“Superman Classic” by Robb Pratt

Call it a fan film, a proof of concept, or whatever you want, this one-minute traditionally animated Superman piece by Robb Pratt is a fun new take on the character that draws from classic elements, like Mischa Bakaleinikoff’s music from the live-action serial. Pratt, a Disney veteran, who has worked on features like Tarzan and Pocahontas and series like Kick Buttowski and Kim Possible, explains his reasons for making the film at the end of the video. It’s also nice to see the pencil tests in the credits.

Produced and Directed by Robb Pratt
Starring John Newton and Jennifer Newton
Storyboard by Robb Pratt
Layout/BGs by Brian Woods, James P. Alles, Andy Ice, Robb Pratt
Animation by Robb Pratt, Steven Pierre Gordon, James Baker
Sound Design/Audio Mix by Carlos Sanches
Music from the Superman Serials by Mischa Bakaleinikoff
Superman Created by Jerry Siegel and Joe Shuster

(Thanks, Tim Yoon)

  • Wow, this is a lot of fun. Well done!!

    Thanks for posting Amid

  • snip2345

    Action scenes are great, talking scenes are a bit overly-animated for my tastes.

  • Wow, this is awesome
    I really liked it!!!!

  • Paul M

    More please.

    This would make a great series, in the same vein as ‘Batman the Brave and the Bold’. Love the retro style.

    • Steve Loter

      Great job, Robb!

  • King Zilch

    Absolutely beautiful. I want more!

  • purin

    Now that felt like Superman. I agree that the talking scenes were a little over-animated, but the rest felt so right. The robot stepping on the phone booth was a good touch, and I like how Superman kind of struggled with its weight, like the old Fleischer Superman would.

  • Peter

    What a great surprise to find on a Monday morning. I DID enjoy watching it. Probably more than half as much as you enjoyed making it.

    Very well done.

  • Very nice. You really nailed the “Superman” feeling.

  • I like it a lot. It’s lot of fun and some really nice facial expressions in there. Also I’ll echo what other people have already said: it felt like what a Superman cartoon should feel like. Nice job Robb and crew!

  • Super fun! Definitely felt some touches of Fleischer in there, particularly with the robots.

    I’d love to see more of this as a WB short of a direct-to-DVD movie.

  • Matt

    This is properly brills.

  • Very well done! Congratulations.!

  • ed

    Super Stuff! :D

  • Donald C

    Get this man a series!

  • Great Job! I want to see more

  • ShouldBeWorkin’

    Well crafted and enjoyable but….I really hate saying this again, because it’s so easy to sit on my ass but..
    I don’t understand fan films. If I wanted to do an alternative story for, let’s say, a Star Trek or Super hero, and had the time, talent and $$, I would just call it something else and make it look like something else. I don’t understand working free for Time Warner, Lucas, Viacom or Disney.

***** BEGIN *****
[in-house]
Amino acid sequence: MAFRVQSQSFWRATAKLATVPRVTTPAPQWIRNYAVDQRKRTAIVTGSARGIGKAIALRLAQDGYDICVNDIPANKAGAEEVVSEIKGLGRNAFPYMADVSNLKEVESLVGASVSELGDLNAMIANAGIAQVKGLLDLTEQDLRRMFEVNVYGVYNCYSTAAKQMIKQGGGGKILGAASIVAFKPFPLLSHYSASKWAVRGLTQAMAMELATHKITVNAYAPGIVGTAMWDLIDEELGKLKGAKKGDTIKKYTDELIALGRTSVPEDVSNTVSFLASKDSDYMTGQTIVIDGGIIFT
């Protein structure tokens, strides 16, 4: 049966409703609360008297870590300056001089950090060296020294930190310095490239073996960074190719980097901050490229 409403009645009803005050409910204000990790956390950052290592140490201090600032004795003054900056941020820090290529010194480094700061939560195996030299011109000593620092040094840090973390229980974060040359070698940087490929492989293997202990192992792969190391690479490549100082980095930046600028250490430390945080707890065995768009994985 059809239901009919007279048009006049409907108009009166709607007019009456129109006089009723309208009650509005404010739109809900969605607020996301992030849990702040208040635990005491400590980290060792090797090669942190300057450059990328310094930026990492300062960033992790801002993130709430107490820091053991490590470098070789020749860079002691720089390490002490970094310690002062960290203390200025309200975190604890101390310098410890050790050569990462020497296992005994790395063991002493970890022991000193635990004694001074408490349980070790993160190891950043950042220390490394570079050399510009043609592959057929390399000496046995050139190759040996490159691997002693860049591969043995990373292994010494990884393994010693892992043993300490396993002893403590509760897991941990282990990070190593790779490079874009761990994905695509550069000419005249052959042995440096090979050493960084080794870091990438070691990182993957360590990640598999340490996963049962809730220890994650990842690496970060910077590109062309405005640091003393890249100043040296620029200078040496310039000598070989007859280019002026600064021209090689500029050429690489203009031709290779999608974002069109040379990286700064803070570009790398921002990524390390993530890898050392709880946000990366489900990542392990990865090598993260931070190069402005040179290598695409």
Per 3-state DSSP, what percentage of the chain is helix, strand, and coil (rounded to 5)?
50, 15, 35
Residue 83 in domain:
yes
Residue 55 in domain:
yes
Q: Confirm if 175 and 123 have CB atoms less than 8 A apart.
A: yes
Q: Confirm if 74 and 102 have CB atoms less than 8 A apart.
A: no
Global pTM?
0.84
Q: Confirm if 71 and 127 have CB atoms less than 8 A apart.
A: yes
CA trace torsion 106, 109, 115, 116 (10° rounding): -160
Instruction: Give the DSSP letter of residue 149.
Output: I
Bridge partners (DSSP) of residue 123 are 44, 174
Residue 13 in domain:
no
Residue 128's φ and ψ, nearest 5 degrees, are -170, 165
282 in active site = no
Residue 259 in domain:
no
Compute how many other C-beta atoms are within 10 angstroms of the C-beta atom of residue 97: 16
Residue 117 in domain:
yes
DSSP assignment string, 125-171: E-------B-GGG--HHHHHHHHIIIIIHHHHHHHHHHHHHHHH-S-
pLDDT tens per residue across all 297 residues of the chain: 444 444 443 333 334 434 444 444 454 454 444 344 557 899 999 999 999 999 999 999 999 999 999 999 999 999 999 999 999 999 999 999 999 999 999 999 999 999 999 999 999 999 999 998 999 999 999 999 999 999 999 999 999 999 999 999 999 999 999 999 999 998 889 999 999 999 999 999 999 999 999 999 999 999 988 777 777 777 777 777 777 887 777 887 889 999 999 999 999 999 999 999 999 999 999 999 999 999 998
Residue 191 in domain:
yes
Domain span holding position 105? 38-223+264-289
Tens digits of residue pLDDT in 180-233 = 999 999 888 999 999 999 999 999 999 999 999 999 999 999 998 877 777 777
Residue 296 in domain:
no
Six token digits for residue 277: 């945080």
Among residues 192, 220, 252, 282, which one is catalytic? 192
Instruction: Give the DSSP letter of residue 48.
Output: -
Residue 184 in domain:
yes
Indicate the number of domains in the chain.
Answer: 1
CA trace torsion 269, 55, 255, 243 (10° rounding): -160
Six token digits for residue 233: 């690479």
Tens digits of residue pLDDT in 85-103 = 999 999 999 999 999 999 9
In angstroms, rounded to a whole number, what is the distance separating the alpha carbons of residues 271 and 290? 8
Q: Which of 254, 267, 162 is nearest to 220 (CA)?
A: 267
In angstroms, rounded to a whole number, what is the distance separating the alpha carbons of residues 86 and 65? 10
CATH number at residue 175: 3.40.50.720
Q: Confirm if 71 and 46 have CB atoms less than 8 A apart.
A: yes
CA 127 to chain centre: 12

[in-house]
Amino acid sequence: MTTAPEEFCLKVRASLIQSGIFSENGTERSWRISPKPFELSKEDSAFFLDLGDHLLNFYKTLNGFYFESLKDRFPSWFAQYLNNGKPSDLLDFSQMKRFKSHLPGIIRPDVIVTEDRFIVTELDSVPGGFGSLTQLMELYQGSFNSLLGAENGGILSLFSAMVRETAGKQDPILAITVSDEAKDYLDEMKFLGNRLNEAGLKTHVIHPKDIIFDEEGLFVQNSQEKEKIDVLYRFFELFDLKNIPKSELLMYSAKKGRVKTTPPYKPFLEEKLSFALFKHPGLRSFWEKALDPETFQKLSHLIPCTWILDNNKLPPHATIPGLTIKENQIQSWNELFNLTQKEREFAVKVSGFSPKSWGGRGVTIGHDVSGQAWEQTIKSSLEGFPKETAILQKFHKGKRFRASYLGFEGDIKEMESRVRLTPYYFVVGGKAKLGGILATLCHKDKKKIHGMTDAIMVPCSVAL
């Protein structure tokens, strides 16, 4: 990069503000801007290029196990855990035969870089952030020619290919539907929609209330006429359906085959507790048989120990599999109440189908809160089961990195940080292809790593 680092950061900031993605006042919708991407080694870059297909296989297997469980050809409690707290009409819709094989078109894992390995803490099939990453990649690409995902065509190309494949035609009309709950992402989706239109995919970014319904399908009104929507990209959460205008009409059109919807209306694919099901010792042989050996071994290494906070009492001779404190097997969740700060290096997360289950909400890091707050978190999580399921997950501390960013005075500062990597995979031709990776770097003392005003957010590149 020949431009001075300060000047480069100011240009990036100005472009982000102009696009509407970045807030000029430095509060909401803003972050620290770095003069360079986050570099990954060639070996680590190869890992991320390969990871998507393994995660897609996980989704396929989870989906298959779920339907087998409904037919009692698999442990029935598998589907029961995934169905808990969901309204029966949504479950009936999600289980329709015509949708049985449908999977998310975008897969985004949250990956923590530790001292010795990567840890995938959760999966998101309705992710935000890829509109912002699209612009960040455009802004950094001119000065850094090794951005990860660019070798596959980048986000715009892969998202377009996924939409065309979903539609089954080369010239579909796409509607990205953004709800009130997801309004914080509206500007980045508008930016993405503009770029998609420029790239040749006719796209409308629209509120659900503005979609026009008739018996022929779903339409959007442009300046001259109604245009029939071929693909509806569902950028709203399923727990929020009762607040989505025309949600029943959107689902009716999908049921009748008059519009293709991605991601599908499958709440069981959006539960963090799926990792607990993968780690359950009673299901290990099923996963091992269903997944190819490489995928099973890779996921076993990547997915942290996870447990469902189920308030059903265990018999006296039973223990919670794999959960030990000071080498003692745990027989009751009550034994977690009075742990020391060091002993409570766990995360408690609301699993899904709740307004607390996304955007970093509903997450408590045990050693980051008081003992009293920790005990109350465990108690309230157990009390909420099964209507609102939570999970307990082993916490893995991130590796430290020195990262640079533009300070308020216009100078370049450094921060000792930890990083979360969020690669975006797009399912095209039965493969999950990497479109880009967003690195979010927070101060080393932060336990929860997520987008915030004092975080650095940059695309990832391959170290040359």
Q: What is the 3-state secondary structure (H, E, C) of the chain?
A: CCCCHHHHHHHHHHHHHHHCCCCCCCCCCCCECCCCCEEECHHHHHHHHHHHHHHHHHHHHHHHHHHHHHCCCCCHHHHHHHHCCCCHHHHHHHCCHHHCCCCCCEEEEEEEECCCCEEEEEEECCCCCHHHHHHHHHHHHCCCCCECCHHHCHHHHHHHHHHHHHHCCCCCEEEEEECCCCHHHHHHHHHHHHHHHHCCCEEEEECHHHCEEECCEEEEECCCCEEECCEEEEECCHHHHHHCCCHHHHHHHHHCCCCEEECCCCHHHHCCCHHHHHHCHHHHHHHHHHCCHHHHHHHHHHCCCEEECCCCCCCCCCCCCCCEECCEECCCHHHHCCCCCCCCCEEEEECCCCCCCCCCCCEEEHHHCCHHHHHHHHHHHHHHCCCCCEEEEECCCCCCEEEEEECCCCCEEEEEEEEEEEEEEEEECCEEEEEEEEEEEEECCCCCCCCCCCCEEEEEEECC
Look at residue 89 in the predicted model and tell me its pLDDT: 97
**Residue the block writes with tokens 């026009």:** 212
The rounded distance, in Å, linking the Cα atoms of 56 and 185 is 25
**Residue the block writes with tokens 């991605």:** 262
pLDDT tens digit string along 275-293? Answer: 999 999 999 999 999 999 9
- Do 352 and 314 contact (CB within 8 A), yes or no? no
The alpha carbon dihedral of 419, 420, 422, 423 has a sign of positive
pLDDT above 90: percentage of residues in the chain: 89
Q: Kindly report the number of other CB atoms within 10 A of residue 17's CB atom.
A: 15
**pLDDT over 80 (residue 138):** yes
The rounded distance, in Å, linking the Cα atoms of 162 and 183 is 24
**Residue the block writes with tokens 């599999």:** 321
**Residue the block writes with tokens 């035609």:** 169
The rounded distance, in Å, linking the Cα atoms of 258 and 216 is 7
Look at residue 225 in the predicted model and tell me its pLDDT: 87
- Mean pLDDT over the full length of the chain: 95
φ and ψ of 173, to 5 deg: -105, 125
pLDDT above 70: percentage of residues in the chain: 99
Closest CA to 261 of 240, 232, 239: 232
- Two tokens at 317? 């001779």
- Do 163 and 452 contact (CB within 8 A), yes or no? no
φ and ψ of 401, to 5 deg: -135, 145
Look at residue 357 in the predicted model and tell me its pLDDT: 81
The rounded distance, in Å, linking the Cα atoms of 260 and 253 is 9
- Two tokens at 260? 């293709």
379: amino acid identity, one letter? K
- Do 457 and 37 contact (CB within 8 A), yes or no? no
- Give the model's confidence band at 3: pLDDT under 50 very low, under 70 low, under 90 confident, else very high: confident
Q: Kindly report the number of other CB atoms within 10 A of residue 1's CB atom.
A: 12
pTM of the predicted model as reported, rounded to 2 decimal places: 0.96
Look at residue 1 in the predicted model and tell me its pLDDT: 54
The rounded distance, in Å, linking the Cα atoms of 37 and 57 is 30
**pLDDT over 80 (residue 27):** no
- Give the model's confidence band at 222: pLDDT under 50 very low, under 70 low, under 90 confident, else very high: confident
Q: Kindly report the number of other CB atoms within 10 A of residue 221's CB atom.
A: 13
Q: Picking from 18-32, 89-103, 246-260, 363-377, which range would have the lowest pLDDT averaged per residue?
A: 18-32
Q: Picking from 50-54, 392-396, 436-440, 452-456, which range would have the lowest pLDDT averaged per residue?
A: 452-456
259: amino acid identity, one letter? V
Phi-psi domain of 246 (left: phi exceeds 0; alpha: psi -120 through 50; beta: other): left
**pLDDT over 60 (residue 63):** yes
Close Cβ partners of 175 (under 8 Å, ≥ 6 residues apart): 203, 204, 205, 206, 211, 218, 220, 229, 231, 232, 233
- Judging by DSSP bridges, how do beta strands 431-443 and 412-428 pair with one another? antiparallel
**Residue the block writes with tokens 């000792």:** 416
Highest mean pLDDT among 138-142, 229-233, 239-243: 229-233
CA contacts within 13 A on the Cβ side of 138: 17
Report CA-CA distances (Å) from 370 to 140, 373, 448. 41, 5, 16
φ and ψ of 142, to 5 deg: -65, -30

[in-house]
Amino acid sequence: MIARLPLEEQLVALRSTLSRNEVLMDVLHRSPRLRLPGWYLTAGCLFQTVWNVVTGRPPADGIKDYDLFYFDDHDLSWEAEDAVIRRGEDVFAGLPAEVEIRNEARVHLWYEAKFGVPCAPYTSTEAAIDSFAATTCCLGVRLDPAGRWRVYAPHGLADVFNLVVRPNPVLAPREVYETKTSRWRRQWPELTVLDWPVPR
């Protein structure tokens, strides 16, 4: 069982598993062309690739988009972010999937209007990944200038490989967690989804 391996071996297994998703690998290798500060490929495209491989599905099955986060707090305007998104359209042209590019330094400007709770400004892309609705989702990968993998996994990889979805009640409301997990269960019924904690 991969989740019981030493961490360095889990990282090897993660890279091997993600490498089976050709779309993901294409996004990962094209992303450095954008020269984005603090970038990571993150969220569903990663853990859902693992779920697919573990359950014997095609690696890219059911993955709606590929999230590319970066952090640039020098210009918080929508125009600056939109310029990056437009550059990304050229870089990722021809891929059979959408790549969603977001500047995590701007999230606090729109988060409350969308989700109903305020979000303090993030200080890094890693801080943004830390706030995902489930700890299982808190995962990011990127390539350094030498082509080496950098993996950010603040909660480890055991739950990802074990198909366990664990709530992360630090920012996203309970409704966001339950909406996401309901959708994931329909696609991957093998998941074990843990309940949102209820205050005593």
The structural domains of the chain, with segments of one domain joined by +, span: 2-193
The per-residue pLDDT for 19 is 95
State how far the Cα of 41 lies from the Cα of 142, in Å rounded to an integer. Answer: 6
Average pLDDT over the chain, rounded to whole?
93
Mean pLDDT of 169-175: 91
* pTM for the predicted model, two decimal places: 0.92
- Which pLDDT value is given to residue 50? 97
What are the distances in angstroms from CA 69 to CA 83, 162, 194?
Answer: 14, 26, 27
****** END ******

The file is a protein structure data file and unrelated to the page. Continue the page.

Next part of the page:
• Generally, I agree with what ShouldBeWorkin’ is saying. For the time, energy, creativity and bucks that are sunk into an independent production, you’re far better off creating an original work.

      An original work becomes an intellectual property that you own and if the Gods of Cartoon-Topia are on your side, might even return your investment someday.

      The only reason that I give Robb Pratt the thumbs up is that he’s totally nailed Superman. His short looks, feels, sounds – hell, it even smells like the Man of Steel. Having said that, I think he should turn his talents to an original work.

      • I totally understand the urge, and have had the urge, to create something featuring my favourite character. If Robb felt he could “do” Superman better than it’d been done before, why not go out and prove it. He was right, too. More power to him.

      • Gtray64

        To Altered Ego:

        Sure, we can move on from Superman. As soon as someone comes up with something better. Good luck with that.
        Trust me, the Next Great Idea isn’t languishing in someone’s sketchpad because the creator can’t get anyone to take a chance on it. There’s too many ways to get your ideas before the public these days.

      • Steve G

        Other than this just being a ‘fan’ film I think this serves as a calling card for the artist. I’ll bet he quickly moves up in status and position because this little ‘fan’ film is getting some attention.

    • It’s a fair point, but consider it this way:

      Animator: Come look at my new original animation project.

      General Public: Who are you and why should we care?


      Animator: Come look at my new original animation project.

      General Public: Who are you and why should we care?

      Animator: I’m the guy who did that animation of a popular existing property that was making the internet rounds last month.

      General Public: That was awesome! Show us what you got!

      Oversimplified? Maybe. But it’s really not that different from doing any short animation that you let people view for free. The downside is that you really can’t do anything else with it without the company who owns the property giving their OK. The upside is that you have a built-in audience who already knows the character and may appreciate you take on him or her.

      • Funkybat

        I’d say you pretty much nailed the best reasons to do a high-quality “fan film.” It something fun and new, yet familiar, and this one especially leaves you wanting more. I haven’t seen such a great animated “teaser” since Rex Steele.

        Something like this can make the difference between “just another reel to watch” and “let’s see it again!” Who cares if you can’t make a dime directly off of it, it shows the artist’s talent and is fun to look at.

      • AltredEgo